Blues Bytes


March/April 2018

Rockie Charles
Born For You
Orleans Records

Rockie Charles

Born For You (Orleans Records), the recently reissued 1996 country soul blues masterpiece from Rockie Charles, has an interesting and unique back story. Charles (born Alfred Charles Merrick) was raised in Boothville, Louisiana and raised by his dad, who was a shrimper and played guitar with a local group. As a teenager, Charles moved to New Orleans to live with an aunt and attended Houston’s School of Music, where he learned to write music and play guitar. Entering in a few talent shows locally gave him the confidence to try to go at a music career.

Charles auditioned for Dave Bartholmew at Imperial Records and Allen Toussaint at Minit Records with no success. There he met Senator Jones, who recorded one single with Charles, but it didn’t sell. A subsequent tour with his band, the Gadges, didn’t pan out, so Charles decided to start his own label, Soul Gate, where he released several singles including his biggest, “The President of Soul.” However, the emergence of disco in the mid-’70s began to limit his sales and gigs, so Charles moved to the West Bank, where he became a tugboat captain (he had gotten his river pilot’s license when he turned 18).

In the mid-’80s, he let his license expire after several close calls on the Mississippi and began building an oyster boat, writing music in his spare time. In the mid-’90s, he felt good enough about his music to place an ad in Offbeat magazine’s 1994 Louisiana Music Directory announcing that “Rockie Charles, The President of Soul,” was accepting engagements once again. Orleans Records’ chief Carlo Ditta saw the ad and was intrigued enough to call Charles and soon, they started working on Born For You.

This is southern soul at its finest. Charles’ voice has drawn comparisons to Al Green in his ability to go from baritone to falsetto with ease, but there’s a hint of Earl King in his relaxed delivery, a little Charles Bradley grit here and there, and maybe a little Percy Sledge on some of the ballads. Nevertheless, he is very much his own man as a vocalist, very distinctive and versatile. He’s also a very impressive tunesmith as well, writing all 11 tracks.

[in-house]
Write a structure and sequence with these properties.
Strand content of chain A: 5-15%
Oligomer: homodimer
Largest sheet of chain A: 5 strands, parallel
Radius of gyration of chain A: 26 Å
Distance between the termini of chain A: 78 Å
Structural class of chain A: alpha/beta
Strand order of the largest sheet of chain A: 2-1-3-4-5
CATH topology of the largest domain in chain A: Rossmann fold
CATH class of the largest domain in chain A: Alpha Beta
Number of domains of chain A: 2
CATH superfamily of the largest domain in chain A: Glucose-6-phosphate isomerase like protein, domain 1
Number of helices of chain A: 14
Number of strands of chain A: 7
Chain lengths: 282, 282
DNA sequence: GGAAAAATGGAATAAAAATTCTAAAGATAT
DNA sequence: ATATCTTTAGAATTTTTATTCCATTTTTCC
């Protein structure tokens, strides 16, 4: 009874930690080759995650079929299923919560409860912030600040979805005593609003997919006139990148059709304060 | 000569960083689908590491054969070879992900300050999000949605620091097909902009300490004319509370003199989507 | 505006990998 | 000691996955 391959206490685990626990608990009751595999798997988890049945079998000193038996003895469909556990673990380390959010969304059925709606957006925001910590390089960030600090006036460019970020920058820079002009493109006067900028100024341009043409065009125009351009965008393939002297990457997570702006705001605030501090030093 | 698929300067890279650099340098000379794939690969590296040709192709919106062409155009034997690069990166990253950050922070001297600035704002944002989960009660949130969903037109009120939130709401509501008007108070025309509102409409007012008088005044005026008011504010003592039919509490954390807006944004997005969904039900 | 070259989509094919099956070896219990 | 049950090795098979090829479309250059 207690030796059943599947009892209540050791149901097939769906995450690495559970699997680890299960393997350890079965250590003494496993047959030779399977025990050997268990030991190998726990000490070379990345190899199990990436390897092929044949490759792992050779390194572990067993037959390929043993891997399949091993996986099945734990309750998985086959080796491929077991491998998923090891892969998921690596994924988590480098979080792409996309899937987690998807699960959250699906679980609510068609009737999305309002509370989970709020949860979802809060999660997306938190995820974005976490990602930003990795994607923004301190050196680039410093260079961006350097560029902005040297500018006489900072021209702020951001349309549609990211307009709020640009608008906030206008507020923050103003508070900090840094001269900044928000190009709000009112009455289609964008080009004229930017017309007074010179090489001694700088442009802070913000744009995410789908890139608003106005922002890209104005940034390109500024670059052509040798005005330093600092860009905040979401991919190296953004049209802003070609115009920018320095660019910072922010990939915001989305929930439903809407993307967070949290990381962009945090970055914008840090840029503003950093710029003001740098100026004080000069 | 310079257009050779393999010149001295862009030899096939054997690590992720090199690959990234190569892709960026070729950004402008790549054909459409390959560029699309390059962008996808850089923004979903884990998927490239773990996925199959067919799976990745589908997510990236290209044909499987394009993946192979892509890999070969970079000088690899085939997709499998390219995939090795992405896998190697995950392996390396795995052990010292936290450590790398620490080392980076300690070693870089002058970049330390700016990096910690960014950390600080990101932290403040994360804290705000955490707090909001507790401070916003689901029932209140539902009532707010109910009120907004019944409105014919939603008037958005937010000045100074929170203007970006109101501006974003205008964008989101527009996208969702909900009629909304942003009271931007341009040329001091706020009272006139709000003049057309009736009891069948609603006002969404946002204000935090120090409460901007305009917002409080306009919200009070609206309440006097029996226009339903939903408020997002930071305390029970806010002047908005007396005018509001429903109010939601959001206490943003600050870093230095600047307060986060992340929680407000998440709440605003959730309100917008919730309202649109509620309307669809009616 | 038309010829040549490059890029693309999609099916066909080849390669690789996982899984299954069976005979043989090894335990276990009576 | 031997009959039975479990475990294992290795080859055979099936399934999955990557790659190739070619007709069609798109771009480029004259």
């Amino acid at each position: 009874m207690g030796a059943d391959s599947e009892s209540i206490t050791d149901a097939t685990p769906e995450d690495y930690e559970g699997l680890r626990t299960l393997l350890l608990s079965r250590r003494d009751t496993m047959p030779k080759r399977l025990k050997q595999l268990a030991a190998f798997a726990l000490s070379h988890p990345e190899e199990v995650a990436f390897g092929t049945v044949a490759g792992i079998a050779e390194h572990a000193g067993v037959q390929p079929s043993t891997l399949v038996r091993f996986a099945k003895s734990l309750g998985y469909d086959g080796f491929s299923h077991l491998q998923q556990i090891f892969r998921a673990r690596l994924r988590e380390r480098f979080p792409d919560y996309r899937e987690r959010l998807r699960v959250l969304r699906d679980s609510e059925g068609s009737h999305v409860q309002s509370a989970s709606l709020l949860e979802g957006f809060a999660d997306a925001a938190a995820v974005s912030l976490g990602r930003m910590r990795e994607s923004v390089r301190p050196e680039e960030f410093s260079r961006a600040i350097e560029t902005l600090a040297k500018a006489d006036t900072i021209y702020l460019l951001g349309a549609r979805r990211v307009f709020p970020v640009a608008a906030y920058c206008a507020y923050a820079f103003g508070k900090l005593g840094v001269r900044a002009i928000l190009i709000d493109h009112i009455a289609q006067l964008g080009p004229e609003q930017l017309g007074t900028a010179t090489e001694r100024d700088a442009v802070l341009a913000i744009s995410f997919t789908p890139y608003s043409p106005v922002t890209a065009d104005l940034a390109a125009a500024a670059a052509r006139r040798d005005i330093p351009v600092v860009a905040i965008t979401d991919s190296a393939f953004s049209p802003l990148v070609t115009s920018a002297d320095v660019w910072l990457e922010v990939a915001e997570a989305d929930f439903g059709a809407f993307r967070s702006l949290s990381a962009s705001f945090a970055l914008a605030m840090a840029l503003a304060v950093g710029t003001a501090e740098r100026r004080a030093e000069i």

The title track opens the disc and it sounds like one of those classic early ’70s smooth tracks from Hi Records, especially with the Hammond B3 in the background and Charles showing his amazing vocal range. “Old Black Joel” is one of those soulful story songs like Clarence Carter used to do, and Charles sings it with conviction (and superb backing from background singers Karlene Arena and Rhea Kahler). “Festus Believe In Justice” is another story song, though with more of a country flair thanks to Fred Koella’s lap steel.

“Oh My Darling Look What You’re Doing To Me” is a smoldering soul blues with harmonica from Smoky Greenwell, and “Something Is Wrong With Our Love” and “Don’t Let Me Go” are a pair of sweet classic slow burners. The mid-tempo “Please Tell Me It Ain’t So” blends a little funk with the soul, and the R&B-infused “I Need Your Love So Bad, I’m About To Lose My Mind” would have been all over the radio 40 years ago. Charles’ great vocal, backed by Arena and Kahler, and the smoking horn section (Wilber Tank – trumpet, Jerry Embree – tenor sax, and Sean Kenny – baritone sax) make for an awesome combination.

Despite the title, “I Like To Make Love When It’s Pouring Down Rain” is actually an upbeat tune that should get feet in motion, and “There’s A Rainbow Hangin’ Over My Shoulder” proves that Charles’ economical guitar work is as impressive as his singing. There’s also the seasonal “I Just Called To Wish You a Merry Christmas,” which features one of Charles’ best vocal performances.

When Born For You was initially released in 1996, it earned favorable reviews all around and led to more work for Charles, who continued to work and record, releasing two additional albums in 2002 and 2009. He passed away at 67 in 2010, after a long battle with cancer.

Any fan of soul music needs a copy of Born For You in their collection. It’s easily one of the best albums of the genre to emerge during the 1990s.

--- Graham Clarke


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